Vektrex Tj Utility workbook (MSExcel) to calculate k-factor and Tj

Thermal Resistance Measurement

Thermal resistance is a parameter that quantifies the resistance heat sees when flowing through a path. It is always expressed as the resistance from one point to another (e.g., from junction to ambient air). The typical units are ˚C/W. LED and laser manufacturers typically provide the thermal resistance for the device itself – that is the resistance from junction to case. However, this does not include the resistance of other structures such as printed circuit boards and heat sinks. In many design situations, such as luminaire design, knowing the thermal resistance of these structures is very useful.

The JEDEC JESD51-14 Transient Dual Interface Method is the best way to measure thermal resistance. This method requires a two-level current source and a voltage digitizer that can sample for long time periods. The LED or laser’s voltage is sampled after a transition and the resulting cooling curve is analyzed to calculate the thermal resistance. JEDEC provides a free software tool that does this; the SpikeSafe Control Panel application captures the data and outputs it in a file format compatible with the JEDEC tool.

LED Cooling Curve Captured with SpikeSafe SMU and Vektrex Control Panel software application.
LED Cooling Curve Captured With SpikeSafe SMU and Control Panel Application

Tools to measure thermal resistance:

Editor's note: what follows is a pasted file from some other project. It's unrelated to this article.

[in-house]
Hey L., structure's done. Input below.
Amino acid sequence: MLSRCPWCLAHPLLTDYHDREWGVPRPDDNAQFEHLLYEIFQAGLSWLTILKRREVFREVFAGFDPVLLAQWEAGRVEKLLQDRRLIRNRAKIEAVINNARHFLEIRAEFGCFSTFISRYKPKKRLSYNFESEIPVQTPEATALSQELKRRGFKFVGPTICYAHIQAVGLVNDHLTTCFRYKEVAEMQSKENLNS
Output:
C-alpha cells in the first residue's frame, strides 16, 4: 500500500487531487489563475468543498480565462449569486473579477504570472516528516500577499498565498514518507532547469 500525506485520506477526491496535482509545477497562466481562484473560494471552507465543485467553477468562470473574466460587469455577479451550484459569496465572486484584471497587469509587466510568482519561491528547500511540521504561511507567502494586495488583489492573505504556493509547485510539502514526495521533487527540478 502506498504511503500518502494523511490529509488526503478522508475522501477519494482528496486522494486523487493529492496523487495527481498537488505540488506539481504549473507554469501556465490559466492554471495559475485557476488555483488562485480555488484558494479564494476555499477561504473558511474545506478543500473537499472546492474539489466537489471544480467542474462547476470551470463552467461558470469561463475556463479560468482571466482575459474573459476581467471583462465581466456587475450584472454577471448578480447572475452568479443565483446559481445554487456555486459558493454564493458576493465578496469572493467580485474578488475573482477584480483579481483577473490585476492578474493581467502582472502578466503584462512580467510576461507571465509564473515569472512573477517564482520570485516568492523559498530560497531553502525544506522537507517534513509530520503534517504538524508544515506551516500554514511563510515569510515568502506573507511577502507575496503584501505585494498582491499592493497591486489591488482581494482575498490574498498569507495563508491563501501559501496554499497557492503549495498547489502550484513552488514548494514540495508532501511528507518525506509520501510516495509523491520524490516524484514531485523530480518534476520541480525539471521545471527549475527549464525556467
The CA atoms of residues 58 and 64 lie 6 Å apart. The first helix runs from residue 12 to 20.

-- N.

Vektrex SMU
Vektrex SMU Bias option (integrated low current measurement source)
Vektrex Thermal Resistance Software (Enhanced Control Panel) to output logarithmically spaced sample data.
JEDEC software to generate structure functions and calculate thermal resistance.

Heat Path Analysis

Heat path analysis is similar to thermal resistance measurement, but instead of a bulk parameter representing the entire heat path, the focus of the measurement is usually a specific structure, such as the die attachment or the thermal interface material. To allow the different materials in the heat path to be identified, the cooling curve is transformed into a network model called a structure function. Structure functions for two different conditions can then be compared and the thermal characteristics of the material of interest can be inferred. The special-purpose tool that popularized structure function analysis is called the T3Ster, produced by MICRED.

The calculations that the T3Ster uses to transform a cooling curve into a structure function were placed in the public domain by MICRED and JEDEC in 2010 in the form of a free analysis tool, TDIM Master. However, most labs found it was difficult to obtain cooling curves with sufficient resolution using the general-purpose instrumentation available at the time, because voltage readings were noisy. In addition, the need to change sampling intervals during the cooling time required custom software to implement logarithmic sampling. Often repetitive captures were required, meaning a single measurement could take more than an hour. Combining the captured data was also difficult.

With the addition of logarithmic sampling to its true-differential digitizer, an accurate cooling curve can be collected in seconds with the SpikeSafe SMU with no custom programming. The SMU’s digitizer provides sub-millivolt detail, and it collects the curve in one capture, automatically altering its boxcar averaging on-the-fly. The log sampling feature is available in every SMU model from 500mA to 60A. The SpikeSafe Control Panel application uploads the captured log data and outputs it in a file format compatible with the JEDEC tool. Using the JEDEC tool, structure functions can then be obtained with just a few clicks after importing the Control Panel data.

Example Structure Function Analysis demonstrates damaged thermal pad.
Structure Functions for Luxeon CZ Green LED, Generated With SpikeSafe SMU, Red: Normal, Blue: Damaged Thermal Pad